4 Places to Stop and Smell the Wildflowers this Spring

Winter is quickly coming to an end. Soon temperatures will start to rise, and wildflowers will pop up all across West Virginia. Here are 4 great places to spend some time outdoors and admire nature this spring.

1.     New River Gorge

The New River Gorge Area is known for its stunning beauty, outdoor recreation, and ample hiking trails. On April 24-26, 2020 you can attend a Wildflower Weekend where park rangers will host guided tours throughout the park and share their knowledge about the native flora of West Virginia.

If you simply can’t wait until then, check out the Little Laurel Trail, which is notorious for its beautiful wildflowers. Explore the Big Buck Trail, which has signs identifying the different plants along its path.

2.     Dolly Sods Wilderness

Part of the Monongahela National Forest, the Dolly Sods Wilderness is a unique example of bog and heath eco-types that are normally found in southern Canada. Try hiking Bear Rocks Trail to see a wide variety of vegetation and stunning views perfect for aspiring photographers.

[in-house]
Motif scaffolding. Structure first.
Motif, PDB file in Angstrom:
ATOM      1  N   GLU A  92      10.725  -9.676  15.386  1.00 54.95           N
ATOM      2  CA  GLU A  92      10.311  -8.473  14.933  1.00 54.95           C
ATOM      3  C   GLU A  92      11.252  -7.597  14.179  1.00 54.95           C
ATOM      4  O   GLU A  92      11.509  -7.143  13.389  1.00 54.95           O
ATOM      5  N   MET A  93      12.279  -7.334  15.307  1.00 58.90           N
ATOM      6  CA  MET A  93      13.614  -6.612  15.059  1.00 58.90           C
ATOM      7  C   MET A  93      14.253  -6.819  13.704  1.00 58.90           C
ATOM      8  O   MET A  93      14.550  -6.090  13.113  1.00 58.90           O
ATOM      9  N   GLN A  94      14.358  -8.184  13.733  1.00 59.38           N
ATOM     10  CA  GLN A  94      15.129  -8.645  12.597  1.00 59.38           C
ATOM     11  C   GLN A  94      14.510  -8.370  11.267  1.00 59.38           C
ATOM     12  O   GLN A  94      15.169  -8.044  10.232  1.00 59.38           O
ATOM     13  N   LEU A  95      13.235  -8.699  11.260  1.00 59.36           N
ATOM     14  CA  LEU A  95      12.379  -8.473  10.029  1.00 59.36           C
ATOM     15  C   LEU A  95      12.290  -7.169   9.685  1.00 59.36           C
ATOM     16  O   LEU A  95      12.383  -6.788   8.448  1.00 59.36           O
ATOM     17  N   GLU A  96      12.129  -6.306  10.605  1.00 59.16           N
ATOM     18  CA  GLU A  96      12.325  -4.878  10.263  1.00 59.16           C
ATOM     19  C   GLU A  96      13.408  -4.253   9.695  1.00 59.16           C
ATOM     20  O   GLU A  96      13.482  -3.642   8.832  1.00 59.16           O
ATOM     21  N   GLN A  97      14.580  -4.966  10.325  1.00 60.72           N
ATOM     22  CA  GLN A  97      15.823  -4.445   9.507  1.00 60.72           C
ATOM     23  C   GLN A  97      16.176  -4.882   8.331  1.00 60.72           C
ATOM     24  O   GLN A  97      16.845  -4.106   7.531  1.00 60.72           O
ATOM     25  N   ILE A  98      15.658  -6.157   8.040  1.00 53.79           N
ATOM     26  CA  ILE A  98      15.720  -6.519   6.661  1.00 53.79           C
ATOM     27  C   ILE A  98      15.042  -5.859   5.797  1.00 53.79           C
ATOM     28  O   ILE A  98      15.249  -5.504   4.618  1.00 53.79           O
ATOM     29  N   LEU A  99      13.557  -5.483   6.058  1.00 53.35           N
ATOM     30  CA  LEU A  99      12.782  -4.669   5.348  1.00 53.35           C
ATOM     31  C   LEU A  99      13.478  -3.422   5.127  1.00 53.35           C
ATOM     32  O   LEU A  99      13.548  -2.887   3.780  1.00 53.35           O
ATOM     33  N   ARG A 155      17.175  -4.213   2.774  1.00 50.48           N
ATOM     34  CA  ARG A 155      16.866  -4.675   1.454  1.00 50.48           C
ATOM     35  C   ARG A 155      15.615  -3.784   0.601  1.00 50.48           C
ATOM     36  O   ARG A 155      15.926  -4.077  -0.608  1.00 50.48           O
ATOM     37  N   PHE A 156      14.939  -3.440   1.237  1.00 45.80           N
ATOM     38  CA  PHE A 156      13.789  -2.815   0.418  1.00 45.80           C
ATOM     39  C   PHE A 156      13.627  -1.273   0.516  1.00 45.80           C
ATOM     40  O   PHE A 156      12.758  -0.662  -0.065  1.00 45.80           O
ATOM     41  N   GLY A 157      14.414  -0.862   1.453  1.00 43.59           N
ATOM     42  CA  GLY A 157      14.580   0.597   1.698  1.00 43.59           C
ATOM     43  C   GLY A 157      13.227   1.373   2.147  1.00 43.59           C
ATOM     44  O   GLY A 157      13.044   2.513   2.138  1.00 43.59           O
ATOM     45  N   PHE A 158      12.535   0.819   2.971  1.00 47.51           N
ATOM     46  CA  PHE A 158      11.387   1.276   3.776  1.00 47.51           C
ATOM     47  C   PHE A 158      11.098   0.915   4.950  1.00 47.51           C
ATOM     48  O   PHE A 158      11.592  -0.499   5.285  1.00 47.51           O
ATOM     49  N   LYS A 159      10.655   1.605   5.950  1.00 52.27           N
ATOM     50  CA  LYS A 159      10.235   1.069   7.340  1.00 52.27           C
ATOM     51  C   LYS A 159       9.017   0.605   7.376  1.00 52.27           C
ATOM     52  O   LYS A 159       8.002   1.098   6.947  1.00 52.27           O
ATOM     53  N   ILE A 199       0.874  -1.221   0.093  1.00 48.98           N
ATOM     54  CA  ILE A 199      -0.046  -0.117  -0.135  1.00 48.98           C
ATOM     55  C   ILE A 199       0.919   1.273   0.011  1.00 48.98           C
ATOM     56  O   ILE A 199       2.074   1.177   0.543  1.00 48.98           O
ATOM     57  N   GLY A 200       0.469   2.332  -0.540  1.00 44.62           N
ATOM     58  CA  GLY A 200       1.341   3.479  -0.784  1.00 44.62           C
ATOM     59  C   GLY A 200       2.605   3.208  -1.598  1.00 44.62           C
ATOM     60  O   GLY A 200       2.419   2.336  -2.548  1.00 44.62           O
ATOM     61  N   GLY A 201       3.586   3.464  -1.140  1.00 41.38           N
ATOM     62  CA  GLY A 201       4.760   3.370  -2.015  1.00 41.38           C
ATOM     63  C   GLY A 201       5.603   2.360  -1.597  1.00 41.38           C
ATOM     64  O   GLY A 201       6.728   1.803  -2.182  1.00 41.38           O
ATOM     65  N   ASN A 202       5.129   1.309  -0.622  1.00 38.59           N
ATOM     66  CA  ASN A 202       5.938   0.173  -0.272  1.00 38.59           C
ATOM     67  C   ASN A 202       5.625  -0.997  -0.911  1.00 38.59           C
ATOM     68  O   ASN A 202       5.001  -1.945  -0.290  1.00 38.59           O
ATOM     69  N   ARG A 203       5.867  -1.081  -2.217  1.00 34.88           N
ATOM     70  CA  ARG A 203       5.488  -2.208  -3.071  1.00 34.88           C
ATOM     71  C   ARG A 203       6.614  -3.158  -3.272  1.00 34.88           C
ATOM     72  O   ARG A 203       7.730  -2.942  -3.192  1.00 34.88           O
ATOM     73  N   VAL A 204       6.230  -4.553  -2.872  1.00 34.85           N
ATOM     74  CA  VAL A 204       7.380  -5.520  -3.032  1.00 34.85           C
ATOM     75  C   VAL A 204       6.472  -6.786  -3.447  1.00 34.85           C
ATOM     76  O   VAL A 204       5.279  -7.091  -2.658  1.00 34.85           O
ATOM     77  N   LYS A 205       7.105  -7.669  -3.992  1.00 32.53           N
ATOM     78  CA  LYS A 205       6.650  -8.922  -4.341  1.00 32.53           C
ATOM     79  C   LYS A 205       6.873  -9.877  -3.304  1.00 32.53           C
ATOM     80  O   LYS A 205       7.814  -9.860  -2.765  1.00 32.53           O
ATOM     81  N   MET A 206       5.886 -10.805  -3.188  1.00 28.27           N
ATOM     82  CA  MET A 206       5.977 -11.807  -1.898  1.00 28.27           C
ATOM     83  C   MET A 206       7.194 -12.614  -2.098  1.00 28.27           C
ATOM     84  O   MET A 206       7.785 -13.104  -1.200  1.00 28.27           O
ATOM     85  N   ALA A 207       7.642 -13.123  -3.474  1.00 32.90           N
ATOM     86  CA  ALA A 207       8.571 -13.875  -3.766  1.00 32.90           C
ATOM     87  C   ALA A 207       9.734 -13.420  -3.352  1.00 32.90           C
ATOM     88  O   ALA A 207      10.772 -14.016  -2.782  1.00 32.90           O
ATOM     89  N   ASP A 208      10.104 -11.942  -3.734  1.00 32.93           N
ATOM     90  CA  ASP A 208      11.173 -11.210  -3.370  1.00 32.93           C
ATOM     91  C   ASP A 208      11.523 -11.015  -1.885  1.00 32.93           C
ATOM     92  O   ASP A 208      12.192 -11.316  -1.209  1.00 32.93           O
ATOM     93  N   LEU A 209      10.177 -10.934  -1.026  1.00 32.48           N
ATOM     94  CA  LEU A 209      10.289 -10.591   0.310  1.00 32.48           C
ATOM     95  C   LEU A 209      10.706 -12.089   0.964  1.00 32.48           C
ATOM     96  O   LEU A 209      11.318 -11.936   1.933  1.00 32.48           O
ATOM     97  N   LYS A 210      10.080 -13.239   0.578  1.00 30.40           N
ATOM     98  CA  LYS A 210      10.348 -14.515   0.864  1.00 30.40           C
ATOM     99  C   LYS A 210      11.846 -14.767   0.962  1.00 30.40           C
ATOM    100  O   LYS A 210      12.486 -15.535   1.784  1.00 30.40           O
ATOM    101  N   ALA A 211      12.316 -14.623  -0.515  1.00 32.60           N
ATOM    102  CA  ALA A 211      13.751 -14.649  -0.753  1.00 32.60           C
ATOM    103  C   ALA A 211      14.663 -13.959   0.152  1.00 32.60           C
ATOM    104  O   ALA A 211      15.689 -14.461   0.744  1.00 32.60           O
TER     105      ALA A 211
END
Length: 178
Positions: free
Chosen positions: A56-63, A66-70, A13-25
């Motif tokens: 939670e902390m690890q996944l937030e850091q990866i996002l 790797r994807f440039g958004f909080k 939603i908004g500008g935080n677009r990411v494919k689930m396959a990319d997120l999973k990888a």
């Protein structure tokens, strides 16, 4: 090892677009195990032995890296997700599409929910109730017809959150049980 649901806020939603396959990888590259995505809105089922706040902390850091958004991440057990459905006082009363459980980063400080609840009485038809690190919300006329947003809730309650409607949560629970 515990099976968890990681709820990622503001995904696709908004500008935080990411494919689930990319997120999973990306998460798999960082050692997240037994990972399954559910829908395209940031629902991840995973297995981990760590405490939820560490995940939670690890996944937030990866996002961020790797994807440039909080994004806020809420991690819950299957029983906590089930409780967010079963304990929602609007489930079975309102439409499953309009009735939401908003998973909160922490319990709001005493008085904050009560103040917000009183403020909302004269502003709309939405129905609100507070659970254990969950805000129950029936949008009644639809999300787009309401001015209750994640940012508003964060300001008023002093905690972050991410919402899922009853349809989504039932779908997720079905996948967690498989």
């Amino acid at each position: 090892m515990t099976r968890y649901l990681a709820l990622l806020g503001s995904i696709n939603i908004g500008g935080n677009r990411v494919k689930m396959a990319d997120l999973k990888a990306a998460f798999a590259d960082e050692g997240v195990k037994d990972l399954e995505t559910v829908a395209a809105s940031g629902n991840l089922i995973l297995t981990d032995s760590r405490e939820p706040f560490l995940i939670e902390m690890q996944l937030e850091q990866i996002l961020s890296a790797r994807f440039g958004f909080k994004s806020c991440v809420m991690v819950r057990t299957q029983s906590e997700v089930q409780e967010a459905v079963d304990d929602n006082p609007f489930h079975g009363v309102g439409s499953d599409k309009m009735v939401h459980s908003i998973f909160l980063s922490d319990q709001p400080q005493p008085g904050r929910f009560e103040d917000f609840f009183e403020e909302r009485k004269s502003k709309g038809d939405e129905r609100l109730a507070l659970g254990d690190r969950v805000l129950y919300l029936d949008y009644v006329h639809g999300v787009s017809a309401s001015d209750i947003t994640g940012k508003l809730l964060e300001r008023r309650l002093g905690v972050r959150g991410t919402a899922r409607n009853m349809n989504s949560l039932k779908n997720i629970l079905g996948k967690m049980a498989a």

3.     Cranberry Glades

Another beautiful area of Monongahela National Forest is the Cranberry Glades. This area consists of four bogs that are the home to wildlife that can’t be found anywhere else in West Virginia. Because of the delicate nature of the ecosystem here, there is a half-mile boardwalk that has been built between two of the bogs. This boardwalk gives you the perfect opportunity to see some of the carnivorous plants that grow here.

4.     Canaan Valley

When winter ends and the snow melts, Canaan Valley transforms from a ski resort to a hiker’s paradise. Some of the ski trails are repurposed during the spring into hiking trails, some even require taking a chair lift to access them.

Visit Back Hollow Trail for an easy hike through meadows of wildflowers and a view of the wetlands. Another great trail is the Beall Loop Trail. It’s perfect for young kids and you can picnic in any of the meadows along the route.

What’s your favorite type of wildflower?

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This post was last updated on February 28, 2022